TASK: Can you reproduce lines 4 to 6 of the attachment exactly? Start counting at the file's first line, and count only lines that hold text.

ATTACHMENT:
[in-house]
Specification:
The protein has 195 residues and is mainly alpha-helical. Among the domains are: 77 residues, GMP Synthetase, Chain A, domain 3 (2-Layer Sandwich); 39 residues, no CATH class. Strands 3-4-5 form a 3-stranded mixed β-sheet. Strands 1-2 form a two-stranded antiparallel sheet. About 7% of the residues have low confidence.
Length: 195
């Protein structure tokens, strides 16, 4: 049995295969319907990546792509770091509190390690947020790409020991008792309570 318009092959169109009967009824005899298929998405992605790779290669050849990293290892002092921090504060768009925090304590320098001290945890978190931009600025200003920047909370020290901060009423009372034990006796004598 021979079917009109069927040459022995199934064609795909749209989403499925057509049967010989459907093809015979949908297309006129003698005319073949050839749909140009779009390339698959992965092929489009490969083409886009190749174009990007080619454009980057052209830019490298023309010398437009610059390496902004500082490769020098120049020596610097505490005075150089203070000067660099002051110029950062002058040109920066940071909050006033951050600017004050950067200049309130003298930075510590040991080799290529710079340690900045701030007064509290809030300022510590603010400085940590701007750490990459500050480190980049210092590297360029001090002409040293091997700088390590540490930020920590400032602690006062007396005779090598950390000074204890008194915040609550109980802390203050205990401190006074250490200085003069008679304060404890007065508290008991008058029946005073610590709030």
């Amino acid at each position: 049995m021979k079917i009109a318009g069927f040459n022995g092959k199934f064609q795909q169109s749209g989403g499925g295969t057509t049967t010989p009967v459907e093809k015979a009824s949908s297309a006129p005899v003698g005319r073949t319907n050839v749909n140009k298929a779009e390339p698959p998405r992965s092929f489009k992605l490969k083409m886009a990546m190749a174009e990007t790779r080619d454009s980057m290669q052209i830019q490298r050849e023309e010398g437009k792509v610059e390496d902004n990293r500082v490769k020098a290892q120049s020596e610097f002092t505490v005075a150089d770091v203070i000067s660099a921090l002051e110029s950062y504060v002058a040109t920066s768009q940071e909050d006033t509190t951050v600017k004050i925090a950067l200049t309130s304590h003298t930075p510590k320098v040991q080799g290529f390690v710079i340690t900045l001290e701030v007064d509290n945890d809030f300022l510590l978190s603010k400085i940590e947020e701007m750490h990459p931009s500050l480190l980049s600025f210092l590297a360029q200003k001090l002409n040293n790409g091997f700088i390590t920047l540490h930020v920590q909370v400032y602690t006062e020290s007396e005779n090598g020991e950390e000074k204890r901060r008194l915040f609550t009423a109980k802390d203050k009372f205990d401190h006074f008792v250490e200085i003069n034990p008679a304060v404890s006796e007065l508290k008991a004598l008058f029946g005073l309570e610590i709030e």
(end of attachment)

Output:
Length: 195
């Protein structure tokens, strides 16, 4: 049995295969319907990546792509770091509190390690947020790409020991008792309570 318009092959169109009967009824005899298929998405992605790779290669050849990293290892002092921090504060768009925090304590320098001290945890978190931009600025200003920047909370020290901060009423009372034990006796004598 021979079917009109069927040459022995199934064609795909749209989403499925057509049967010989459907093809015979949908297309006129003698005319073949050839749909140009779009390339698959992965092929489009490969083409886009190749174009990007080619454009980057052209830019490298023309010398437009610059390496902004500082490769020098120049020596610097505490005075150089203070000067660099002051110029950062002058040109920066940071909050006033951050600017004050950067200049309130003298930075510590040991080799290529710079340690900045701030007064509290809030300022510590603010400085940590701007750490990459500050480190980049210092590297360029001090002409040293091997700088390590540490930020920590400032602690006062007396005779090598950390000074204890008194915040609550109980802390203050205990401190006074250490200085003069008679304060404890007065508290008991008058029946005073610590709030």
């Amino acid at each position: 049995m021979k079917i009109a318009g069927f040459n022995g092959k199934f064609q795909q169109s749209g989403g499925g295969t057509t049967t010989p009967v459907e093809k015979a009824s949908s297309a006129p005899v003698g005319r073949t319907n050839v749909n140009k298929a779009e390339p698959p998405r992965s092929f489009k992605l490969k083409m886009a990546m190749a174009e990007t790779r080619d454009s980057m290669q052209i830019q490298r050849e023309e010398g437009k792509v610059e390496d902004n990293r500082v490769k020098a290892q120049s020596e610097f002092t505490v005075a150089d770091v203070i000067s660099a921090l002051e110029s950062y504060v002058a040109t920066s768009q940071e909050d006033t509190t951050v600017k004050i925090a950067l200049t309130s304590h003298t930075p510590k320098v040991q080799g290529f390690v710079i340690t900045l001290e701030v007064d509290n945890d809030f300022l510590l978190s603010k400085i940590e947020e701007m750490h990459p931009s500050l480190l980049s600025f210092l590297a360029q200003k001090l002409n040293n790409g091997f700088i390590t920047l540490h930020v920590q909370v400032y602690t006062e020290s007396e005779n090598g020991e950390e000074k204890r901060r008194l915040f609550t009423a109980k802390d203050k009372f205990d401190h006074f008792v250490e200085i003069n034990p008679a304060v404890s006796e007065l508290k008991a004598l008058f029946g005073l309570e610590i709030e």